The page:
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Music Sharing with Mojo Sharing your music through the local network has always been relatively painless with iTunes. Essentially, it is only a 3-step process. Streaming your music through the Internet is slightly more complicated since you’ll have to find the right programs or web service which suit your needs. Some of the programs which I’ve come across are Hamachi (which utilizes VPN) and Simplify Media. Online services like DOT.TUNES, nuTsie and Maestro will also allow you to stream your music, but via a browser, which is sort of a good thing because you can access your library from anywhere since you won’t need iTunes or WinAmp.

Simply for the sake of streaming your music from another computer, I would highly recommend Simplify Media. It has already been covered by Aibek in iTunes addons 13 Addons iTunes Users should Know About 13 Addons iTunes Users should Know About Read More about a week ago, so I won’t go too deeply into it. Briefly, Simplify Media will allow you to listen to your friends’ shared music as though they are on your local network. I don’t have any specifics about how it works, but I suspect that it runs quite similarly to Hamachi, setting up a VPN between you and the people you add to your contact list. It runs on Windows, Mac and Linux; and is compatible with iTunes, WinAmp and even the iPhone.

But there is a new kid on the block. It’s called Mojo and it’s got something up its sleeve. Mojo will allow you to browse, select and download shared music from other Mojo users. Pretty nifty and dodgy at the same time, if I may say so myself.

How does it work?

Couldn’t be simpler. After downloading Mojo, you’ll need to register and set up an account, which will then appear on your Mojo roster.



Once that is done, you can start adding other Mojo users, wait for their approval and browse their music. However, unlike Simplify Media, listening to shared music is not done in iTunes but in Mojo’s built-in music browser.

Sharing Music with Mojo (Deusty Designs2)

Songs which are greyed out are the ones which you already have. Restricted songs which you may not download are labelled in red.

If you see a song you like, just click on the download icon next to the name of the song and it will be downloaded and automatically added into your iTunes, arranged nicely in a Mojo playlist folder.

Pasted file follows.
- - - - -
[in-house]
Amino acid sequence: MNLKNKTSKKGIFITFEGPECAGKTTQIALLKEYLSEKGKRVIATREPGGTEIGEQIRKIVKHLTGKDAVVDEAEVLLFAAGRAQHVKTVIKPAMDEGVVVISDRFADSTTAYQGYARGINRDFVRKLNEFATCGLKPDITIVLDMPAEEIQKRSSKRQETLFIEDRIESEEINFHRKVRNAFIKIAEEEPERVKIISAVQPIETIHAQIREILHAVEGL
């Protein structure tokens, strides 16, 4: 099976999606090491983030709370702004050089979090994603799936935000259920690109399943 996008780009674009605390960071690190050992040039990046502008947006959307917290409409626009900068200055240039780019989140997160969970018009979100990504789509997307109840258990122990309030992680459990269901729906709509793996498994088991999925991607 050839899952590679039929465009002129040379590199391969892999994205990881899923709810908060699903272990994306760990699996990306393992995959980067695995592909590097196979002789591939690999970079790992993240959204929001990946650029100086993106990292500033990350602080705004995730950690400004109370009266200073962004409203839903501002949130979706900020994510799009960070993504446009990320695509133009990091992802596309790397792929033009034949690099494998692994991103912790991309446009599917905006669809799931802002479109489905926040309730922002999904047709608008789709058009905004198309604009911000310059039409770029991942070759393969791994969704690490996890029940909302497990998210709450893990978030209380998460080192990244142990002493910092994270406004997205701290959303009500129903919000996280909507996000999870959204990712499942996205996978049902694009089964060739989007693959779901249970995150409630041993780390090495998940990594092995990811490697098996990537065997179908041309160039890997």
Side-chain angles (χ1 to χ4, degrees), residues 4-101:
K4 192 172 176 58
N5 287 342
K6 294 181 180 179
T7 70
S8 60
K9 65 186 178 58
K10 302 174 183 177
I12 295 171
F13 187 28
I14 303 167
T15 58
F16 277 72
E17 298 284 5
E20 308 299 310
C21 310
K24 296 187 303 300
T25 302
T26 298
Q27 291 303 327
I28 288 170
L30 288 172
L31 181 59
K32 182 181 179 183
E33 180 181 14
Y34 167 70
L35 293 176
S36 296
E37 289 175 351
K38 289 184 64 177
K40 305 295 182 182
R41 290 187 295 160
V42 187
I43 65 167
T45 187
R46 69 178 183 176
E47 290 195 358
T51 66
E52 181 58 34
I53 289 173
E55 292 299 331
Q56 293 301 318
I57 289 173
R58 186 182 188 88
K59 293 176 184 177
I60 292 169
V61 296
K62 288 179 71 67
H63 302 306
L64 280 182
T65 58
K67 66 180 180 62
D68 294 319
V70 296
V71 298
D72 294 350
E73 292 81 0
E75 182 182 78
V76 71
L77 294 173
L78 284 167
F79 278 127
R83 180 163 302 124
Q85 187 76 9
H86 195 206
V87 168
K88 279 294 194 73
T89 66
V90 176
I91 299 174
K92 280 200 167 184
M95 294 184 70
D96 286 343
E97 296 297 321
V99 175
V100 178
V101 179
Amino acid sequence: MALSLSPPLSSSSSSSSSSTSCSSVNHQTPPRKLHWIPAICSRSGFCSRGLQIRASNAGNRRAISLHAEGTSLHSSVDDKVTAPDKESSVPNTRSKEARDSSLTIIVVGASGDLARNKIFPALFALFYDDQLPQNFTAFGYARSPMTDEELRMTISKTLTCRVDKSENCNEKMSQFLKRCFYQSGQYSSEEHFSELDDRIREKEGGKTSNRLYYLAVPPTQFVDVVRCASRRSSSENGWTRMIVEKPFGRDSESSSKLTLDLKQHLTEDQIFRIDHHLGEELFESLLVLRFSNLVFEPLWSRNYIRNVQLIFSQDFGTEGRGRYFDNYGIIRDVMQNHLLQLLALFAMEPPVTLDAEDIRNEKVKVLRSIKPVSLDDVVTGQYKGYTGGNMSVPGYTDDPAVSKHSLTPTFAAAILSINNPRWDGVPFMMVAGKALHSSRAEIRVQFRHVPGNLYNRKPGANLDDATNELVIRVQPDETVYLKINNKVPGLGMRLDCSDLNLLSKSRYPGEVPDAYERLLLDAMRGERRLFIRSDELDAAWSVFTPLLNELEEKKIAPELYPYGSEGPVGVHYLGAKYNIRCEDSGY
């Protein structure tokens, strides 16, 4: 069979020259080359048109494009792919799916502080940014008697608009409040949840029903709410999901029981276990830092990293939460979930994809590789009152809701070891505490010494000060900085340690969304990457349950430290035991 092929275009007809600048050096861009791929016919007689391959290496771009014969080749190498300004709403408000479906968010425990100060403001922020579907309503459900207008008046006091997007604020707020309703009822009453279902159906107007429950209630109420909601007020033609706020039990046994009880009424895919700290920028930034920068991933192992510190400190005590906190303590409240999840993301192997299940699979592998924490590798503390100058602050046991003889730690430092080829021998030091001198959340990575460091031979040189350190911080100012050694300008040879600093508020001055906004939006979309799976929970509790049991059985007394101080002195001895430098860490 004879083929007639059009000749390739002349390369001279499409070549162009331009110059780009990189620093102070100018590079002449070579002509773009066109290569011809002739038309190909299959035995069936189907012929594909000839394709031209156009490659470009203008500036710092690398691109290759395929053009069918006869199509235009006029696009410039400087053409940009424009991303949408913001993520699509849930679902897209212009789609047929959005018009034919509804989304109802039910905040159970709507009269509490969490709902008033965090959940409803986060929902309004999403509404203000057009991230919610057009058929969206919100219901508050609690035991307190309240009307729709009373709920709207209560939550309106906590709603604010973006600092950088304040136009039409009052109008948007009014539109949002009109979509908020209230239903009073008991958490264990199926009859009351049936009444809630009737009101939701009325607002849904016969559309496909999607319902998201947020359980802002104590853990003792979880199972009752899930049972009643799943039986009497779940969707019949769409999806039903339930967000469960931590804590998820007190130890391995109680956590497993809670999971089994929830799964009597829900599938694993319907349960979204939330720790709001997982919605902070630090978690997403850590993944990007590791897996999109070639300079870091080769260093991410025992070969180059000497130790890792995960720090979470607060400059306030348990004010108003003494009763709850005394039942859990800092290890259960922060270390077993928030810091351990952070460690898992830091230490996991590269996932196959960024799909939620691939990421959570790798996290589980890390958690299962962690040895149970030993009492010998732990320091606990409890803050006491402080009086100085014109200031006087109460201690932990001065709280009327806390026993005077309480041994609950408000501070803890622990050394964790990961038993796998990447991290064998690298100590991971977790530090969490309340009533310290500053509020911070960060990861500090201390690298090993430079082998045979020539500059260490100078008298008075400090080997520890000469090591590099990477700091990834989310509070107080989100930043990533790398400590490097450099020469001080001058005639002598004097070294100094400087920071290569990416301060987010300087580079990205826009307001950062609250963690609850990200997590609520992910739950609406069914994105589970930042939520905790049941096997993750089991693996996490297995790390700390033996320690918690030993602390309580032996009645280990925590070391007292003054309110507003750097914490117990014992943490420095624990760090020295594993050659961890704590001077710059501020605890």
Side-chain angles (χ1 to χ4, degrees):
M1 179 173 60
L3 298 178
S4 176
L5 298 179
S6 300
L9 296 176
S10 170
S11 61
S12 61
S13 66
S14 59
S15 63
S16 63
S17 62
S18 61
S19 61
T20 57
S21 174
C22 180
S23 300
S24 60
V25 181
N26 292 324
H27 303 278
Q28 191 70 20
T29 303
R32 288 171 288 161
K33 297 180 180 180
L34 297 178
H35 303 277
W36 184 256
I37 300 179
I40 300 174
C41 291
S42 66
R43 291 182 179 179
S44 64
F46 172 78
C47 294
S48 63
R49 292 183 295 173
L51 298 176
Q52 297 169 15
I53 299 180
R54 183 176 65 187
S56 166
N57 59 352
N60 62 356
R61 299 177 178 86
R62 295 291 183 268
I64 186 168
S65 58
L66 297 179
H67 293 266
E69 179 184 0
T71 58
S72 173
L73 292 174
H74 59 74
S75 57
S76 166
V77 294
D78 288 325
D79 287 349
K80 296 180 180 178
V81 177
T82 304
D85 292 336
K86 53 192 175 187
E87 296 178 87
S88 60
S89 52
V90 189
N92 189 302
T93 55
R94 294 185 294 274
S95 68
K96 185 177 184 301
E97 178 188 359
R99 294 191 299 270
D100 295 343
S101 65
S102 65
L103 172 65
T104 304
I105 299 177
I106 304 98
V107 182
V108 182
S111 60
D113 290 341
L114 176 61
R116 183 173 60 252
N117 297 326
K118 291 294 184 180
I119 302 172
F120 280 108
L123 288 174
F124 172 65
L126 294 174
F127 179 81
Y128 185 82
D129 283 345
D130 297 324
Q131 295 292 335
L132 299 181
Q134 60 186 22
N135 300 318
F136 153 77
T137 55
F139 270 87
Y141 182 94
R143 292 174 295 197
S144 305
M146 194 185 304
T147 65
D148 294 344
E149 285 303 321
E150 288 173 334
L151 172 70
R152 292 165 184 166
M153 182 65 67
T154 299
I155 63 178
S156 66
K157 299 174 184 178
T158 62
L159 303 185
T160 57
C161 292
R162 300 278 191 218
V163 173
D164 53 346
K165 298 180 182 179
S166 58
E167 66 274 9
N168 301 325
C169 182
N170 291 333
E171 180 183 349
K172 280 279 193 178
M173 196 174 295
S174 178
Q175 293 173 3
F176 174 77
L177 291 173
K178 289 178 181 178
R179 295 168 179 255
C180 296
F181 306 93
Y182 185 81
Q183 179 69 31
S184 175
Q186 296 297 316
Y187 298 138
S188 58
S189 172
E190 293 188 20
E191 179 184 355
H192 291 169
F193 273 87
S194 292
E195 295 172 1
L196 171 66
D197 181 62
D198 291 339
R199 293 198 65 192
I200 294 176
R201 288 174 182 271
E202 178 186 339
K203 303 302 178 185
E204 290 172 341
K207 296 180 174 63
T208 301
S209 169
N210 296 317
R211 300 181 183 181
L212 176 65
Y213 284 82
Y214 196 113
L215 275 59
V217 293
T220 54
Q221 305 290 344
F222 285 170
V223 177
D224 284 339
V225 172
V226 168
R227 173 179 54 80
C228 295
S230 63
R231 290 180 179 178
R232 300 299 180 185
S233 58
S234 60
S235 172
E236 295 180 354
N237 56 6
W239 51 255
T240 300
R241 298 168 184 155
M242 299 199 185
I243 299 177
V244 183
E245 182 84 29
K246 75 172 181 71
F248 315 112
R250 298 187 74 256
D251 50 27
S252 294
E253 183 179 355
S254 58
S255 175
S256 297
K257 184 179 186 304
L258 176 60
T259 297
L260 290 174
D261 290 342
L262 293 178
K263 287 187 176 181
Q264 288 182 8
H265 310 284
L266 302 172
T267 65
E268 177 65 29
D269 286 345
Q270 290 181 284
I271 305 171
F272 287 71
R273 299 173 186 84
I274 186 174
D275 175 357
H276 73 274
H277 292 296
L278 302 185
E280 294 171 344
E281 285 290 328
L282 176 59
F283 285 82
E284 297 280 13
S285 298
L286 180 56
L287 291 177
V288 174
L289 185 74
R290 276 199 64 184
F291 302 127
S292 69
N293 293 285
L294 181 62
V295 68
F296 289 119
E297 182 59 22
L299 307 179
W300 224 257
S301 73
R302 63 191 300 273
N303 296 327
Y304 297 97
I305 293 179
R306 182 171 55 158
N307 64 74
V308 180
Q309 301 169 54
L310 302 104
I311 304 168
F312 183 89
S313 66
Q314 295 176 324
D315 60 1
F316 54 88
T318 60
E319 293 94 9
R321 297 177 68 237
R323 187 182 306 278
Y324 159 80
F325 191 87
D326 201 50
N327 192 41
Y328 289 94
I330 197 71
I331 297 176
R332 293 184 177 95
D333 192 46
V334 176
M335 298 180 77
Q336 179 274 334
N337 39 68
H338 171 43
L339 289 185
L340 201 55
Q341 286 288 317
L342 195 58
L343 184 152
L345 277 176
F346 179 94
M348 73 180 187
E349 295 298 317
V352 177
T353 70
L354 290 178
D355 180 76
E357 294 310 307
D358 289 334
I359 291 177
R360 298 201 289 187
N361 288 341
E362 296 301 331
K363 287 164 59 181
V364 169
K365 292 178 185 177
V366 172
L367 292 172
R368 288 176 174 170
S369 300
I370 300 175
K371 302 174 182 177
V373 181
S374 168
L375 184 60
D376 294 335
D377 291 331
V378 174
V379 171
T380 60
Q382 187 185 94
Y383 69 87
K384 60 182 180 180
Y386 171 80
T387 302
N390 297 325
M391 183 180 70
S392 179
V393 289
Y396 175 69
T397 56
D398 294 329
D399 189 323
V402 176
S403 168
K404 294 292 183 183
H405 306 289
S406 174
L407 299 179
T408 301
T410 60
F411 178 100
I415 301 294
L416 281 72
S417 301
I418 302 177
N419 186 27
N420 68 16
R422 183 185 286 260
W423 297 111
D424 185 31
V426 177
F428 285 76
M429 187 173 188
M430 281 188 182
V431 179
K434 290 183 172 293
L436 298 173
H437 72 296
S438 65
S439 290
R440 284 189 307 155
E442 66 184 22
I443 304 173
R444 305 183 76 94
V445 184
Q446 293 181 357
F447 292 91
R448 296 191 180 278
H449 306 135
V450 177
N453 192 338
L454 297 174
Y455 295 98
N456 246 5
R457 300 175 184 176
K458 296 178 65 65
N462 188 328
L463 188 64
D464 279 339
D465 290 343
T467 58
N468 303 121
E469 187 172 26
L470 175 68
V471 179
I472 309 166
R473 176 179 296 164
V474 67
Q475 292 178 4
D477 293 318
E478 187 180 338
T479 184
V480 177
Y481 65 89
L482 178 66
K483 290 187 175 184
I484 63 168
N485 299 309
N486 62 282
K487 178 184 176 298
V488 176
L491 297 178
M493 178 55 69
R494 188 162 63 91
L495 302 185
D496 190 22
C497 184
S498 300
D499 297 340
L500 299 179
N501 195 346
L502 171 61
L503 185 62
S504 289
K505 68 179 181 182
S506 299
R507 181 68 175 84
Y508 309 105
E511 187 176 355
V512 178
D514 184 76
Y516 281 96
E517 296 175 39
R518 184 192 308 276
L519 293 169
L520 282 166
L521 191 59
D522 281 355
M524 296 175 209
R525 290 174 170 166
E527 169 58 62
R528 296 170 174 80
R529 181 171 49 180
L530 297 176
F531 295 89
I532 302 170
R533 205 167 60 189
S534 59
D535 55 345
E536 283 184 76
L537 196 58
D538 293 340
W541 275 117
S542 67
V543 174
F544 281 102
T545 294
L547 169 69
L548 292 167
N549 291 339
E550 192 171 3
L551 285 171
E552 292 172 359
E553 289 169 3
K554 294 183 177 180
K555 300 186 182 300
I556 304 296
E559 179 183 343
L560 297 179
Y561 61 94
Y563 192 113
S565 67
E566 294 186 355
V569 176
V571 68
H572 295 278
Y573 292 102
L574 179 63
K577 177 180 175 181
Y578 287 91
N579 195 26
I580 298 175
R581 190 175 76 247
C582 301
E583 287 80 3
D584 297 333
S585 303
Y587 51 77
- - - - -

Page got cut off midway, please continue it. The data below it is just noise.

itunes mojo

It’s that easy. No lengthy registration or troublesome setups. There are some down-sides, though.

I have a lot of music and I store my iTunes library on an external hard disk. I accomplish this by holding <Alt> while clicking on iTunes and choosing my target library i.e. my external hard disk. But Mojo doesn’t offer me the option of choosing the iTunes library I would like to share. Instead, it loads the default library in /User/Music/iTunes – which is empty!

There is a pretty neat option of subscribing to other user’s playlists and automatically synchronizing any new songs which are added. This means that you won’t need to keep browsing all the time to see if there are any new songs, Mojo does it for you. But surprise surprise, this feature is only available in the Pro version.

There is also a maximum number of buddies you can add. I can’t seem to find out how many it is because they won’t tell, but apparently it’s limited to 5 users on your roster at any time. So, if you need to, you may actually delete old buddies and replace them with fresh ones to fulfill your music satisfaction and urges.

All in all, although this application has a few limitations, it accomplishes the goal eventually – sharing music.

Mojo is free and available here for Mac OS X Leopard. There is also an older version (2.4) for OS X Tiger. And for all you Windows users: a beta version is available. To find out more about Mojo, watch the video screencasts here.

(By) Jackson Chung is a full-time med student attempting to perform a juggling act with relationship, studies and his future.

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